The participants’ rating of acceptability of the 2 methods () did not differ significantly (P values varying from .12 for “methods had some advantages” to .69 for “methods is simple”). Overall, both methods received higher scores for simplicity, likelihood to be used again and appropriateness, and lower scores for convenience. The participants found that the methods, especially the focus group, had more advantages than disadvantages, although this was not statistically significant.
The qualitative comments offer a more nuanced view of the scores provided regarding method acceptability. Overall, the focus group method was perceived more positively by the participants. It was deemed to be simpler by participants because they only had to talk. Listening to other participants also facilitated reflection and contributed to the ease of use of this method:
All the comments made helped me to think about my own experience. And it helped me to see other aspects I hadn’t thought of before”
The focus group was said to more easily fit with the communication habits of individuals with a head injury who prefer oral expression to writing. The focus group also allowed them to express their thoughts faster. However, participants recognized that it was sometimes difficult maintain concentration and comment on the recommendation in a noisy environment. The main perceived advantage of the focus group method was its social aspect, which met the needs of individuals with brain injury (often socially isolated). The main disadvantage of the method was that it was sometimes difficult for them, as individuals with cognitive disabilities who may experience memory and concentration issues, to participate in the discussion in a sustained manner. Participants also mentioned that on several occasions, they felt an obligation to go in the same direction as the group to reach a consensus about the recommendation, even though their personal experience was different from what others described:
We have to fit everybody’s ideas into one, and it is not always easy, especially when you have difficulty expressing yourself
The focus group was viewed as appropriate and convenient by a majority of participants, allowing the moderator and participants to summarize a wide range of individual experiences into a few simple statements. Fatigue, fear of being judged, and difficult memories brought back through trauma recall were the most often cited drawbacks of the focus group method. Despite this, a vast majority of participants stated that they would use this method again because it is rewarding, enlightening, and has a positive social dimension.
Regarding the wiki method, the participants explained that it was simple to use thanks to the detailed instructions provided, but the required access to a computer and internet was a constraint. While some participants mentioned that they were accustomed to using electronic communication media (eg, Facebook and email), most said they would rather have a face-to-face conversation:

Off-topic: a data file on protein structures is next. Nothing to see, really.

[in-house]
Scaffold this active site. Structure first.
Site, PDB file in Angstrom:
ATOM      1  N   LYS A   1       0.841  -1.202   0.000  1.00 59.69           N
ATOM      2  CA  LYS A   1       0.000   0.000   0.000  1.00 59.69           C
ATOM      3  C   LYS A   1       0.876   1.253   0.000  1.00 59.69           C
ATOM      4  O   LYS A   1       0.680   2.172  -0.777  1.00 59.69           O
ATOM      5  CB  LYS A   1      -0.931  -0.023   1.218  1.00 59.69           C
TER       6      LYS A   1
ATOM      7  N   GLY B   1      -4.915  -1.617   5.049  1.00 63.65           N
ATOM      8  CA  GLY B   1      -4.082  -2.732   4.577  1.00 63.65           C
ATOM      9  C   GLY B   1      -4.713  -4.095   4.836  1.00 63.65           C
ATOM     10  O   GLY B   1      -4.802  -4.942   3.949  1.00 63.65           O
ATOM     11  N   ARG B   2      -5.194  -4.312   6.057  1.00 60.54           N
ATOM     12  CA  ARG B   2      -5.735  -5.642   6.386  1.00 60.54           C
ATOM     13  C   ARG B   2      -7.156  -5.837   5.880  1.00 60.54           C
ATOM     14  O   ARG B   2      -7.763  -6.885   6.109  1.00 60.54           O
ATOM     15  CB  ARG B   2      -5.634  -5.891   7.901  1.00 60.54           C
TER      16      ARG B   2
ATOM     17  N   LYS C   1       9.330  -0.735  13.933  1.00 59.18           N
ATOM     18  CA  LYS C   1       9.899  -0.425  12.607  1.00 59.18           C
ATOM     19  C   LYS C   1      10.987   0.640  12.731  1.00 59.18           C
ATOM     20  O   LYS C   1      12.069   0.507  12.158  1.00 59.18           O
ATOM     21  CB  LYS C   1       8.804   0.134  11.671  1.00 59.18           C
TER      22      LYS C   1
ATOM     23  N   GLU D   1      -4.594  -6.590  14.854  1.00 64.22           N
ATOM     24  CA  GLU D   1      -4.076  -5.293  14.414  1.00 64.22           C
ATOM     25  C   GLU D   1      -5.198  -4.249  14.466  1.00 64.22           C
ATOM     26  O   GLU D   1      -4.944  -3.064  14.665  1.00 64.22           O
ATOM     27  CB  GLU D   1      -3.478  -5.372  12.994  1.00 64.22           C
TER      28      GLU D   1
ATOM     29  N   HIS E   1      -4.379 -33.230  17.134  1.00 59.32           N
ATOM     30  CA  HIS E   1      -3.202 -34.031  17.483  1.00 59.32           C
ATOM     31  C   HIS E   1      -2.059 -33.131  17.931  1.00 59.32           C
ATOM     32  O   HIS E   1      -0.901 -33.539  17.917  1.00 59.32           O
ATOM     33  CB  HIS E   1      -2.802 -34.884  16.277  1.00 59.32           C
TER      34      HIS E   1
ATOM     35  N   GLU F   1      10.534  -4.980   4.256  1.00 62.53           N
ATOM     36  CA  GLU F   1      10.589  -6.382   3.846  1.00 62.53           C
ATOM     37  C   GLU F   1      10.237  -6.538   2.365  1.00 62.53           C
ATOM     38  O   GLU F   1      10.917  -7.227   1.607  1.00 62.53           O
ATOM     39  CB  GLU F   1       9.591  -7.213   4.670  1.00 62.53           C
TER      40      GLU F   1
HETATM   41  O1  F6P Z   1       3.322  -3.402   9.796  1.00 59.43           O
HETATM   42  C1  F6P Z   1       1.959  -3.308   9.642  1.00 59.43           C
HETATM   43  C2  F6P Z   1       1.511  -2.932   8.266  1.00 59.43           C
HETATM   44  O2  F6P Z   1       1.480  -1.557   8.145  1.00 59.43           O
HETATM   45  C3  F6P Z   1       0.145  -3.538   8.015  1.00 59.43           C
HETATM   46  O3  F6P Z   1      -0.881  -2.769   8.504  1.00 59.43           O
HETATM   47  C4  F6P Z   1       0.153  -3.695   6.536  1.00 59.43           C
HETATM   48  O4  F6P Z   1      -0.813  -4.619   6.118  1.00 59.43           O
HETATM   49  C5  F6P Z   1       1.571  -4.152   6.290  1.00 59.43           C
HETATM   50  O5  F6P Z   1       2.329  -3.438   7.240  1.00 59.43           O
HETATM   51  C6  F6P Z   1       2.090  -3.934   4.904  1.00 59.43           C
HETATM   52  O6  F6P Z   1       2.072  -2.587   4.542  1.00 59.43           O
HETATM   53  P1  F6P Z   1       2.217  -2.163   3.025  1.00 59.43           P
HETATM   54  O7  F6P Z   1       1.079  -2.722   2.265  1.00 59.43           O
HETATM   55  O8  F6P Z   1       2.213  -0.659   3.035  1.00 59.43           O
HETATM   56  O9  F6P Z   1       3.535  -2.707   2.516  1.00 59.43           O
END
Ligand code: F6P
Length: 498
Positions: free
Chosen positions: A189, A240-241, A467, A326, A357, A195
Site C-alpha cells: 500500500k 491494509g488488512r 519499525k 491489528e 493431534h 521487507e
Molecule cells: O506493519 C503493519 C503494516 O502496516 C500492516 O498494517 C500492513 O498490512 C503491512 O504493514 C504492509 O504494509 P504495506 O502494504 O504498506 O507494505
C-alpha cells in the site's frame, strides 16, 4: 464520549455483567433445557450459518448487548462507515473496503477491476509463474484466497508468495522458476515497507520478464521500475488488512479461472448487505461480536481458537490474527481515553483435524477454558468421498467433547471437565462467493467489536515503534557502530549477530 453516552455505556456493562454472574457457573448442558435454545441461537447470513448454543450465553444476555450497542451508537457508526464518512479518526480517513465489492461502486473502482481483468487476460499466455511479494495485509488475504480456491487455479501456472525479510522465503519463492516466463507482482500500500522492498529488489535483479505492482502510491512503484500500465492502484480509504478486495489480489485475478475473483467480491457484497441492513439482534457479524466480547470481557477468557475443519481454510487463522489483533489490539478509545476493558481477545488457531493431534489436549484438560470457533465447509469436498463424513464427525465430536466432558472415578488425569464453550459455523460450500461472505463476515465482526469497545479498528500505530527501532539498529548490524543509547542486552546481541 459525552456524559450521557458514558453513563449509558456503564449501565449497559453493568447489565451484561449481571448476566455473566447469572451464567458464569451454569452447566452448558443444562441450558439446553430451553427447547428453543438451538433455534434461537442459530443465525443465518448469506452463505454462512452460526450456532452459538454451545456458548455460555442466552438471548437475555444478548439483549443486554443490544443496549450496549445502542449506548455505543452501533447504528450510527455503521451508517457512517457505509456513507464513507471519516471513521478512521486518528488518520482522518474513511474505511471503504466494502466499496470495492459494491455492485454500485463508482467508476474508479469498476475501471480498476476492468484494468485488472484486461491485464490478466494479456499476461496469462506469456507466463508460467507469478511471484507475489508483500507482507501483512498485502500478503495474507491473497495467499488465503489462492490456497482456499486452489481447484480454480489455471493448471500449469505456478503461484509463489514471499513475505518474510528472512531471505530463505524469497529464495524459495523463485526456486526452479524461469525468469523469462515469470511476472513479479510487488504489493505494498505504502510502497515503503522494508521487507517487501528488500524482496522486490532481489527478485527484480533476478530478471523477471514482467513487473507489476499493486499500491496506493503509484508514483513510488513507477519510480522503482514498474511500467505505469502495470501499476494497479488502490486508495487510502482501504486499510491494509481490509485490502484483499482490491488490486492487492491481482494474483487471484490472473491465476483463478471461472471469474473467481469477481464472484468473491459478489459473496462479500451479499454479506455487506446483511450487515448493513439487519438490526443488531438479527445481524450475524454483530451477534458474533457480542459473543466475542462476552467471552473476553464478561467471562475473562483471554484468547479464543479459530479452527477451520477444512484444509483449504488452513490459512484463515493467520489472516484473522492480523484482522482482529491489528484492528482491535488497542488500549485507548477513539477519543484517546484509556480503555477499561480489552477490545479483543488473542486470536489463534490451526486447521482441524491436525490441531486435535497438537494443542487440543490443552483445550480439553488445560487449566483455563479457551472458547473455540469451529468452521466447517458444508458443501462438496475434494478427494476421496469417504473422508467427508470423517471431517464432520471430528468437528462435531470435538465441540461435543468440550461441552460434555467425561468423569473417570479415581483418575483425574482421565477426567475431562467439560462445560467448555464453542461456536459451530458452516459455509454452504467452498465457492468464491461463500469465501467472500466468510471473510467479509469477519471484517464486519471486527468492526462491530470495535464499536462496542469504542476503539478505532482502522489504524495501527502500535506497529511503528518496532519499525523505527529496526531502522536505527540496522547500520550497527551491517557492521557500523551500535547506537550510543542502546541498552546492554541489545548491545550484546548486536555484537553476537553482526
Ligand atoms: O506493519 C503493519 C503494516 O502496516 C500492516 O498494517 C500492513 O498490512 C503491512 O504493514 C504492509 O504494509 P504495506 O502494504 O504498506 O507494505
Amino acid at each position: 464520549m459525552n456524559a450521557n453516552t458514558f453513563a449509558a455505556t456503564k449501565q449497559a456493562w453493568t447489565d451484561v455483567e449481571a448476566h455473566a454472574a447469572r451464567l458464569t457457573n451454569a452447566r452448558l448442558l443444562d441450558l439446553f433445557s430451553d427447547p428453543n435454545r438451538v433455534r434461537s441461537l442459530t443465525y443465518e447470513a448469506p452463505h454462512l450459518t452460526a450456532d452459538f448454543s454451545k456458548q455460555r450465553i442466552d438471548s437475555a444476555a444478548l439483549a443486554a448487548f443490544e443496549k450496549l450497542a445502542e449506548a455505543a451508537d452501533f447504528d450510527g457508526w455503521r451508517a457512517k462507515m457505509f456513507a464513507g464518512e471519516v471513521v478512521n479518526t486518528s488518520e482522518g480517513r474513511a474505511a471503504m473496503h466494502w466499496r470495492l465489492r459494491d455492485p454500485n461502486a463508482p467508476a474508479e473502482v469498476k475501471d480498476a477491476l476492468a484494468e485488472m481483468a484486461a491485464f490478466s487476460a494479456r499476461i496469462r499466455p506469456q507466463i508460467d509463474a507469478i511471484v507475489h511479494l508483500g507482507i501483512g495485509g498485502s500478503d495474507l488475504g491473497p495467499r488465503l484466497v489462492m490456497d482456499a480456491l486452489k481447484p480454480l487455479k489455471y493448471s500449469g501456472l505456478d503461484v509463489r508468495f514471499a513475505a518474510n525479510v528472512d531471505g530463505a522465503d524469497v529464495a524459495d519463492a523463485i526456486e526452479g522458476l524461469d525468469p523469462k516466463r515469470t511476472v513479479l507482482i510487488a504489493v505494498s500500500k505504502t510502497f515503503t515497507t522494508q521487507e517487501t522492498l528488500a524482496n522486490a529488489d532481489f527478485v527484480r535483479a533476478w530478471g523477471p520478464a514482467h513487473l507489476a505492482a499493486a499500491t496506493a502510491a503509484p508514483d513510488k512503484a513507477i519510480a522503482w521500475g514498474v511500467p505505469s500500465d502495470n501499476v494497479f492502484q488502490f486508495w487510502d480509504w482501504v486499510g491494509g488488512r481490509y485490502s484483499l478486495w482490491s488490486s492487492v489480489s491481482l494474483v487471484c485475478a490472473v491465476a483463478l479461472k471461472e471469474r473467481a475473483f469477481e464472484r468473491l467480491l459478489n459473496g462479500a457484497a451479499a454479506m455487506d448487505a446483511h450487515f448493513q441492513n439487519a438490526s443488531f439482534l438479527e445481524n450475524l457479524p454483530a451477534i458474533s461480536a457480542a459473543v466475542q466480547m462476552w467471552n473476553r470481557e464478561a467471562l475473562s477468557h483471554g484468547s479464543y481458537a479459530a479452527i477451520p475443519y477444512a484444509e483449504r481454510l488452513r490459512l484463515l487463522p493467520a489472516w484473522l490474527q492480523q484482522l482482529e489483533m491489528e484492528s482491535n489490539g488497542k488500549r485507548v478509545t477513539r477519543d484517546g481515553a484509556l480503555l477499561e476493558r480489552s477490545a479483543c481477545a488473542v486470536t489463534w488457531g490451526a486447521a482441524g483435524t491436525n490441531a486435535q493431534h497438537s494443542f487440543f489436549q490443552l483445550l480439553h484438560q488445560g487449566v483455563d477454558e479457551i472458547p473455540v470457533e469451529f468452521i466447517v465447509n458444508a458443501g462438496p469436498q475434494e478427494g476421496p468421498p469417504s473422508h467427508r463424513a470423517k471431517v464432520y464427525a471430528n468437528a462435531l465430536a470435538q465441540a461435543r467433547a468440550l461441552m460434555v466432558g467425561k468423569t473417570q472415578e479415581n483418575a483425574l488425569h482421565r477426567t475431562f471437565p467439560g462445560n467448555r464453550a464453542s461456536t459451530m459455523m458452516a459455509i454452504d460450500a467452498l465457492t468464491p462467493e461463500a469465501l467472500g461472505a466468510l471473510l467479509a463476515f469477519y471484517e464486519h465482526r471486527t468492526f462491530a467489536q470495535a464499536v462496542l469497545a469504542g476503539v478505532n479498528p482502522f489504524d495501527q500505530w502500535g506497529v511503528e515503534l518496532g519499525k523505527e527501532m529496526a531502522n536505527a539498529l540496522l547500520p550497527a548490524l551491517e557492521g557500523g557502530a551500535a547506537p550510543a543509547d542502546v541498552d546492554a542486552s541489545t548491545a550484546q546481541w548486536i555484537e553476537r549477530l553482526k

I prefer to discuss my ideas in person with real people, especially when I have questions
Participants considered the wiki method effective to the extent that it allowed for analysis and reflection before answering and because participants could express themselves without being stopped or interrupted. Other key advantages mentioned included anonymity, not feeling judged by others, the freedom to choose the time and place to answer the wiki questions, and doing it at the participant’s own pace, respecting his or her capacity.
|Focus group||Wiki||P value|
|Median and range of scores of acceptability items for participants with traumatic brain injuries (%), median (range)|
|Simple||93 (8-100)||90 (1-100)||.69|
|Fit usual communication habits||90 (8-100)||70 (0-100)||.31|
|Effective||88 (8-100)||85 (0-100)||.58|
|Had some advantages||88 (8-100)||61 (0-100)||.11|
|Had some disadvantages||65 (0-100)||61 (0-100)||.48|
|Appropriate||92.5 (0-100)||88 (0-100)||.59|
|Convenient||84 (0-100)||65 (0-100)||.48|
|Would like to use this method again||97.5 (8-100)||91 (1-100)||.48|
|Number of participants who used the method||16||16||—a|
|Number of dropouts||0||0||0|
|Number of support requests||0||1||0|
|Outcomes as perceived by the experts|
|Mean clarity score of the recommendation||67% (1-93%)||57% (12-99%)||—|
|Mean precision score of the recommendation||68% (6-90%)||60% (42-100%)||—|
|Mean usefulness score of the recommendation||67% (24-95%)||60% (0-99%)||—|
|Model effect of the method||Wilks Lambda value: 0.779||.08|
|Model effect of the recommendation||Wilks Lambda value: 0.875||.24|
aStatistical test not preformed.
Both methods appeared highly feasible as a way of involving patients in CPG co-design. After randomization, no participants dropped out from the focus group or the wiki intervention. All participants used both methods. In addition, the participants required little support; only 1 participant asked for help once to access the wiki platform ().
The quantitative analysis of the experts’ opinions illustrates positive perceptions of experts for both methods. No significant differences were found between the 2 methods (Wilks Lambda=0.079; P=.07) and between the 2 recommendations (Wilks Lambda=0.0.85; P=.24). When asked whether they preferred the recommendations designed through the focus group or wiki, a majority of experts mentioned that the recommendations produced through the focus group appeared more relevant to their rehabilitation practice. This result was reinforced by the fact that means and median scores of clarity, appropriateness, and usefulness were systematically higher for the focus group, although differences were not statistically significant. Furthermore, the qualitative comments point out that the recommendations produced through the focus group were clearer and more accurate.